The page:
I have big things going on–good things and wonderful things and challenging things.  I have a project that I’m going to put some loving hands to.  I have a coffee shop that I and others who love it are working to save.  I have a family who would probably like to eat something other than yogurt and blueberries or chicken wraps or cheese quesadillas for supper.  (Not that those are leaving the menu entirely, just so y’all know.)  In this season of chaos and all the busy things–good things–I seek a time of Advent.  Of preparation. My soul craves it.

During this season of Advent and reconnecting and rebuilding and recreating and remembering, I’m going to change things up a little bit.  Some days will be writing and sharing stories, but some days it will be 1000 words.  As in a picture is worth a…..

I’m no photographer by any means, but there are moments and things during the day that touch my heart, and I look forward to sharing those with you.

Tonight I am thankful for all of you–my friends and family and others whom I’ve never formally met who take the time to read the stories, to hear the words, and to feel all the things along with me .  For those of you who share my words with others, thank you.  I give thanks for the stories you have shared with me which touch my heart and make me laugh or weep or think.  Thank you.

And tonight I’m thankful for the Fella being home safe.  Where he belongs.  Not just because I need someone to tell me Miss Sophie is okay or haul off the recycling or help us move the scarecrow and pumpkins so the nativity can be put up in the yard.  Because he is loved and as Cooter put it, “Daddy is one of my shining lights.”  I’m thankful this semester is almost over for Aub, who has worked and studied and performed and written and volunteered and made beautiful music.  She amazes and inspires me.  I look forward to cuddling in front of the fire with my littles and reading stories of Father Christmas by J.R.R. Tolkien and making all the merry memories.  I am excited about my project, and I am hopeful for our coffeeshop.  Most of all, I’m looking forward to quieting my soul and listening.  Listening to hear the whispered stories of my past and the story of where I am meant to go, and dreaming of what may come.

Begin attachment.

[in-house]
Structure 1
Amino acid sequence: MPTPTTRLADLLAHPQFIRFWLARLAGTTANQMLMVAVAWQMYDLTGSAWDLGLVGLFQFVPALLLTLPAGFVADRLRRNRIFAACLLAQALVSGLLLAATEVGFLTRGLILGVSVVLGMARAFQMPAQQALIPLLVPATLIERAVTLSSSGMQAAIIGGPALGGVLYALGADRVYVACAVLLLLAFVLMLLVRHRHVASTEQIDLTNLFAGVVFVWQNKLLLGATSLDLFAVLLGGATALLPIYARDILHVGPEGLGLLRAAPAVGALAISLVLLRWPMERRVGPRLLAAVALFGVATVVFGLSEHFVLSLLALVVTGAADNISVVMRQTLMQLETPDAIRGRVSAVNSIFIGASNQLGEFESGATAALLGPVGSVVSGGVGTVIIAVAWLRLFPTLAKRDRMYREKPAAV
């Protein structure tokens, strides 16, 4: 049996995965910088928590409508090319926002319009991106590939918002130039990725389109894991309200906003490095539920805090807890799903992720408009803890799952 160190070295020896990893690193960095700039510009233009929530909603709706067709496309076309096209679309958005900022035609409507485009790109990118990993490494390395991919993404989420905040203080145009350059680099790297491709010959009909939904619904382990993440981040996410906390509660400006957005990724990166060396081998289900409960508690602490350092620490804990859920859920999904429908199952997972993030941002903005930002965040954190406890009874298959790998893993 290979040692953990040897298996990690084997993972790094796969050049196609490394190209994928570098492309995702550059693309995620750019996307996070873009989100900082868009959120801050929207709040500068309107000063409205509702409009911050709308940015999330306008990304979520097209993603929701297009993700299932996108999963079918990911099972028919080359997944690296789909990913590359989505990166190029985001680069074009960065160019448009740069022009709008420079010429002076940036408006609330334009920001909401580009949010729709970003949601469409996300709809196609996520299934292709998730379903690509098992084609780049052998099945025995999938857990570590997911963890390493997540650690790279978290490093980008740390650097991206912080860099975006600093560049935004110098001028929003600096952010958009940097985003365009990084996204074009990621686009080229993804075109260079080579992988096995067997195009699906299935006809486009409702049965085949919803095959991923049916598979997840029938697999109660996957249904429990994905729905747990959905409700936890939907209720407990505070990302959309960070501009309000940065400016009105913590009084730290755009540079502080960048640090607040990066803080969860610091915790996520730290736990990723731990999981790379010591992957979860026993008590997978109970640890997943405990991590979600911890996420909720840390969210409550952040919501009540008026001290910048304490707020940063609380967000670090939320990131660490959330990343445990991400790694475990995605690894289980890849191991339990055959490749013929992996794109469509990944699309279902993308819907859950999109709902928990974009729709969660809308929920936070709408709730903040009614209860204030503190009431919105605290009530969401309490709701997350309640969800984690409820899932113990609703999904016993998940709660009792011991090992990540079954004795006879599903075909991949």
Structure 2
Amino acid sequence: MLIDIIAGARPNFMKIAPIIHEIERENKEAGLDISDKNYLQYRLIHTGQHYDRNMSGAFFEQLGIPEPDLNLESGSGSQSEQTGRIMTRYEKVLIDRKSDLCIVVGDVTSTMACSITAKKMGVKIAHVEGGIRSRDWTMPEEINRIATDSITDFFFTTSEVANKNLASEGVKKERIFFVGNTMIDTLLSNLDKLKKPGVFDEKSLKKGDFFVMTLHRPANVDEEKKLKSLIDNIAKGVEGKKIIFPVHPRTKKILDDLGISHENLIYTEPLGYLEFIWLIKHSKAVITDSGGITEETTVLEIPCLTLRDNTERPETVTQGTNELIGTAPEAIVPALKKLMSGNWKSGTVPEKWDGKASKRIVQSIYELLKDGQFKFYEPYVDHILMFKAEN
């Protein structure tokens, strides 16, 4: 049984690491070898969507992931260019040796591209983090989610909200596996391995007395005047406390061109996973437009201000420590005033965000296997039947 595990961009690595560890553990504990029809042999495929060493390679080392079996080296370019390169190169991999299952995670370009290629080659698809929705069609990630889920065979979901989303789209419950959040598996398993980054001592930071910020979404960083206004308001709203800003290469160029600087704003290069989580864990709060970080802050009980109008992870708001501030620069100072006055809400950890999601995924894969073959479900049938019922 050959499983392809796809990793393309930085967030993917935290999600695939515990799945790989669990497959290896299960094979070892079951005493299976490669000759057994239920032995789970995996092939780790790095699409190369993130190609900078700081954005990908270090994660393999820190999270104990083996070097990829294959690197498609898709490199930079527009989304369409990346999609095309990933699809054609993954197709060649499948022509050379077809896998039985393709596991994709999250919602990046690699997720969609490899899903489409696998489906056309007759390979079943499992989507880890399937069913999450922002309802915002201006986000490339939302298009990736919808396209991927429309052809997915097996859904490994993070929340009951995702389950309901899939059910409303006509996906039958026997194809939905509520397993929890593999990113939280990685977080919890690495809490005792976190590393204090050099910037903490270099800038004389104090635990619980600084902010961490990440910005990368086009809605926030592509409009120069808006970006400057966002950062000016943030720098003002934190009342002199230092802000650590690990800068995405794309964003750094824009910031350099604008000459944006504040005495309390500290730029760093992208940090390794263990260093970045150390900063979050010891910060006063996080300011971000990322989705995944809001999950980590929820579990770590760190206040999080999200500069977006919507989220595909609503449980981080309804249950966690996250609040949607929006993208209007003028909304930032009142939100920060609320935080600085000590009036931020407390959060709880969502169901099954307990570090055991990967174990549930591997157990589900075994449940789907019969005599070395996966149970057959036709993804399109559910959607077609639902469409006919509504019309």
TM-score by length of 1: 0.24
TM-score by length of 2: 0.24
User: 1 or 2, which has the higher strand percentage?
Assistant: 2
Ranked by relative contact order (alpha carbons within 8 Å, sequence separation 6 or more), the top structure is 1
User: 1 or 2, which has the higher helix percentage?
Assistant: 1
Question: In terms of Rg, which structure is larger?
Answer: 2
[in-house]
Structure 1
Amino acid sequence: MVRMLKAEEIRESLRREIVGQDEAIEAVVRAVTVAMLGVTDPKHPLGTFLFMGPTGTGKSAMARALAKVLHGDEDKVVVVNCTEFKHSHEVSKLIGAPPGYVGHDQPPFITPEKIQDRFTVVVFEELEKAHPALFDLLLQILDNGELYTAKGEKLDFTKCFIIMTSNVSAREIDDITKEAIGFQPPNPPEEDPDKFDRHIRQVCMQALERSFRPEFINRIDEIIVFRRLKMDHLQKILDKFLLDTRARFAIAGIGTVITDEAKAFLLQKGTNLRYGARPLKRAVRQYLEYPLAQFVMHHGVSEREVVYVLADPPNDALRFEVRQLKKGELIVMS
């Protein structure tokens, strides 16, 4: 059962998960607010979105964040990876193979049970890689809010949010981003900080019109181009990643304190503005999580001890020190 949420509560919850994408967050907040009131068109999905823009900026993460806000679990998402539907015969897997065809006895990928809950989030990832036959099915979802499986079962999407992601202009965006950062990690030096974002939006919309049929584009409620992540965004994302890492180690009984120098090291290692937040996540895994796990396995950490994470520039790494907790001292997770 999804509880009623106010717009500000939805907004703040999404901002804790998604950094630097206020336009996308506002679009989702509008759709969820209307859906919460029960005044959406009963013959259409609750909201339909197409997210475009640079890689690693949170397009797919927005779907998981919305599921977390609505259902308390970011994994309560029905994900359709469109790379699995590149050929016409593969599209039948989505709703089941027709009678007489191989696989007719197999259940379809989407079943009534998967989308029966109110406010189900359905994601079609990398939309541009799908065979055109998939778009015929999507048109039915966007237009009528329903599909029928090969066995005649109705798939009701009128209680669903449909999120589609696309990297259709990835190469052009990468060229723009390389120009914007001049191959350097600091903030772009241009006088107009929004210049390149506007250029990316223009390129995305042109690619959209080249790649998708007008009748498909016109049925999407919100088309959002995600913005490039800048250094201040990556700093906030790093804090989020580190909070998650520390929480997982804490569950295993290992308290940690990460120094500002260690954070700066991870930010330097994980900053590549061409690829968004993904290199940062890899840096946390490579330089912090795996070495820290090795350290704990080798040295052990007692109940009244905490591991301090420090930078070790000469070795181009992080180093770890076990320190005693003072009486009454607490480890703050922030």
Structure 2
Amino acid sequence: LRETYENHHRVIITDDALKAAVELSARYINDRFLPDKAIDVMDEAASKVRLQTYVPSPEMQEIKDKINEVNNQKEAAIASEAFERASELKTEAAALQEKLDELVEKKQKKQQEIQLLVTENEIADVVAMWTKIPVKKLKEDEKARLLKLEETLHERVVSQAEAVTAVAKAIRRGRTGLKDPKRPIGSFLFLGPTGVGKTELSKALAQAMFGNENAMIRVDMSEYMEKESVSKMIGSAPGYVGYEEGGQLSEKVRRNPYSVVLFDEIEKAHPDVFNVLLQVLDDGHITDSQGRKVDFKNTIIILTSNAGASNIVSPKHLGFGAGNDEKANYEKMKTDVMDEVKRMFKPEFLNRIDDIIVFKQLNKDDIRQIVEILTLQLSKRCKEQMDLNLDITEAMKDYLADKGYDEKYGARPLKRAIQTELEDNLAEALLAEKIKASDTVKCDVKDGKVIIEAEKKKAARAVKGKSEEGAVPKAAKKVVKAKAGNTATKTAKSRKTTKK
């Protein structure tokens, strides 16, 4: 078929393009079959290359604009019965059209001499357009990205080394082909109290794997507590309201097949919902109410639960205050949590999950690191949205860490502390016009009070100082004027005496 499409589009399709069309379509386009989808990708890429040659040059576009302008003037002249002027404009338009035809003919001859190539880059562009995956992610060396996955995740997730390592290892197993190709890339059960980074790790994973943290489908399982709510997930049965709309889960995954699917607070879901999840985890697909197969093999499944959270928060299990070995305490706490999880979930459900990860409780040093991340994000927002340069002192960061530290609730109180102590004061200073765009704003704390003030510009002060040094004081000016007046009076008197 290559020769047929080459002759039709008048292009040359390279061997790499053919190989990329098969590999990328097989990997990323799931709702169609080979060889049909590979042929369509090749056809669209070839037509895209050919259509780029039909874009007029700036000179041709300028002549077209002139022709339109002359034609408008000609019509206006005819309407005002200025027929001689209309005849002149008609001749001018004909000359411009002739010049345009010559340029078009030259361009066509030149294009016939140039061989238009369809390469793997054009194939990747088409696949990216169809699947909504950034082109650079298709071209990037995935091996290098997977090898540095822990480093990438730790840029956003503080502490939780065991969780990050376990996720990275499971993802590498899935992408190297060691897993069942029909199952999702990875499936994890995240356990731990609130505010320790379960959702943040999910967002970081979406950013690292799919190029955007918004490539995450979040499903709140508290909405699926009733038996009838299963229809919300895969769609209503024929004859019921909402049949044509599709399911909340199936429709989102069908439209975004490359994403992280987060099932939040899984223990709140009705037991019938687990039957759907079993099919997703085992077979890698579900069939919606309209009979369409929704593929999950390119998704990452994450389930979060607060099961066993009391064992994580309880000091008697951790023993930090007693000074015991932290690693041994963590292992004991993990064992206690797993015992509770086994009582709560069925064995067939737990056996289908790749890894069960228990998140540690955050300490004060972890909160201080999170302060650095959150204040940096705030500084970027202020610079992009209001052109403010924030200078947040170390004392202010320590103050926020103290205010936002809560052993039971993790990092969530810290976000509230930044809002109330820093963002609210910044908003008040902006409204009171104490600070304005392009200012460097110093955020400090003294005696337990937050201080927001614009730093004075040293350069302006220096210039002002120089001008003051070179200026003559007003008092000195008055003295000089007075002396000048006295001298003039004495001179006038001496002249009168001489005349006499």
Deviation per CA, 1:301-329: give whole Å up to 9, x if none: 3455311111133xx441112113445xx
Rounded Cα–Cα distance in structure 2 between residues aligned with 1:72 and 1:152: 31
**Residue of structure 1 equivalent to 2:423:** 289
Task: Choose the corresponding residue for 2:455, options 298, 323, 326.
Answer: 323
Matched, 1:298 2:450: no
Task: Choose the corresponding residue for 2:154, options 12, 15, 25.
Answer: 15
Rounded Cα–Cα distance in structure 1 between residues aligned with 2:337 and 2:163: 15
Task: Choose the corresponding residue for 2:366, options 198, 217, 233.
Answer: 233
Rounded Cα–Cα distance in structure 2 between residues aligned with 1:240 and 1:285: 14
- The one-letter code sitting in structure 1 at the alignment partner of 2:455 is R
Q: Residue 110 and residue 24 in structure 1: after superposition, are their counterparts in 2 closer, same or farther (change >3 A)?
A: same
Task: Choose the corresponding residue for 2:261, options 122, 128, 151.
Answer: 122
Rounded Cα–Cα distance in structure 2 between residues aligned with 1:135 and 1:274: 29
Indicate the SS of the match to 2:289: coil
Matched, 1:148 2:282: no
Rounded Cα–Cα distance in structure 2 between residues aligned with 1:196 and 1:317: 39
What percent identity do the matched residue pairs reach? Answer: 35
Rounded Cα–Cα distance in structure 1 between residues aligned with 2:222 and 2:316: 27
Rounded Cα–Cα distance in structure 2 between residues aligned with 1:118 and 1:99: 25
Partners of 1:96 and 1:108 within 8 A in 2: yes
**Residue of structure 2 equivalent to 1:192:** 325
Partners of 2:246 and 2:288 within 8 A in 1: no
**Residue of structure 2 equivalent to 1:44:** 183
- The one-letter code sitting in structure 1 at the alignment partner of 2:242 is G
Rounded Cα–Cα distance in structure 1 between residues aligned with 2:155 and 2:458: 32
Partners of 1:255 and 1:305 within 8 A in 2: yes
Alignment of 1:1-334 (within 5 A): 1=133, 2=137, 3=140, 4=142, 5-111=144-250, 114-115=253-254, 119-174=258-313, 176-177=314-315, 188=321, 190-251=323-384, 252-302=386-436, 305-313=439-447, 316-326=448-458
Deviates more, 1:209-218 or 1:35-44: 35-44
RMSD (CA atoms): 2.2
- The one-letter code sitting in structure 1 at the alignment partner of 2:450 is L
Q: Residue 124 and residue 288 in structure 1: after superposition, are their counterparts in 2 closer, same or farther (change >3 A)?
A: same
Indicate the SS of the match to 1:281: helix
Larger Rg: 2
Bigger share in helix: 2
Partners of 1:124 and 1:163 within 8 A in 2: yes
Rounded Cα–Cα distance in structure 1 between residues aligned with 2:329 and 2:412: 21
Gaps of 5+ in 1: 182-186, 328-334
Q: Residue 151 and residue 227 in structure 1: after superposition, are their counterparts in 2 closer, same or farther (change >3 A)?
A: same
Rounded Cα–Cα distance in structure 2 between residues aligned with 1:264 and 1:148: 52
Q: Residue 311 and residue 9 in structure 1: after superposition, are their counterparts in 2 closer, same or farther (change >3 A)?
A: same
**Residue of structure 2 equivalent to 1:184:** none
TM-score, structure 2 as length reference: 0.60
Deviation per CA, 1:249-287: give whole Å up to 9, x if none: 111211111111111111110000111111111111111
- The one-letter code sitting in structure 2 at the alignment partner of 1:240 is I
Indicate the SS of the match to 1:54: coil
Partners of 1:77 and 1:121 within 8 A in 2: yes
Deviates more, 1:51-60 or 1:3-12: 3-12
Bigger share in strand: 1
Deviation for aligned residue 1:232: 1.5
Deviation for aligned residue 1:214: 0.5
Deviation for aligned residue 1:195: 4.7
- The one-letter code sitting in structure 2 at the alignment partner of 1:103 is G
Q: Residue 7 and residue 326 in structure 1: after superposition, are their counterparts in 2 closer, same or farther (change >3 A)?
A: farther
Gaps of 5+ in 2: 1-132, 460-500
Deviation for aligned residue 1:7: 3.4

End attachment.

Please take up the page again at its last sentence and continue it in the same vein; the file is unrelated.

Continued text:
Thank you all for sharing the journey.  I look forward to continuing onward with you however it may look, sharing the light and love and laughter.

Love to all.

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The Countdown is ON

Around here we have some countdowns going on.  Several actually.  It didn’t occur to me today which one might be foremost in my mind, in my subconscious even, until I saw this on the road while Miss Sophie and I were taking our morning constitutional earlier today.

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The first thing that came to my mind was, “Huh.  That looks like a TIE fighter.”  And right after I typed that just now I had to look up to see if I even had the right thing or not–I am right about which one, but of course it really does NOT look like a TIE fighter in actuality, but still, you can see where my mind was going.

STAR WARS, y’all.

December 18.

Unlike the other countdowns going on in our home, this one we’ve had on the horizon for over a year.  Ever since the movie was announced and “December 2015” was a far away nebulous thing.

Not anymore.  We are closing in on SW Day.  It’s real.  And we are so close to it that we can all but taste the popcorn.

One week before Christmas.  Another of our many countdowns going on right now.

The anticipation is so palpable, it’s a real thing.  Anticipating all of the good things to come.  One, two, three, four.  All right there together in a row.

Having good things to look forward to is the best, isn’t it?  With all the hard things and the sad things and the downright dark things in our days and weeks and months…..hanging on to the good that is coming…..that is what keeps us going.

Hoping you all have something fun and wonderful to have a countdown for in your neck of the woods.

Love to all.

 

When You Can, Do This

The Fella went on a trip to do the do that he does.  For three and a half weeks.  He was scheduled to come home today.

He did not come home as scheduled.

I’ve had this day circled in my mind, my heart, and with everything that has gone wrong around here–I’ve counted down the days.

The backed up kitchen sink.

The brand new washing machine flooding water on the laundry room floor.

The vacuum cleaner belt broken.

The dryer running hot, and therefore, not at all.

Each thing, I’d say–we can do this.  For 21 more days, fifteen, ten, six, two, and then yesterday morning I woke up thinking, “One more day.”

I almost cried.

We’ve had some good times while he’s been gone.  Cooter tried out and made the swim team.  The littles wrapped up their summer gymnastics fun.  Aub got an A in her summer class, and worked out continuing her summer job she loves so much as a Fall internship.  We’ve visited with friends and family and eaten breakfast for supper and lots of yogurt and pizza.  We’ve gone and gotten peaches, and I’ve put nearly all of them up in the freezer.  The littles have played at their cousin’s, and Aub and I’ve had a couple of “Big Girl” days.  All in all, we’ve not only survived, but we’ve lived.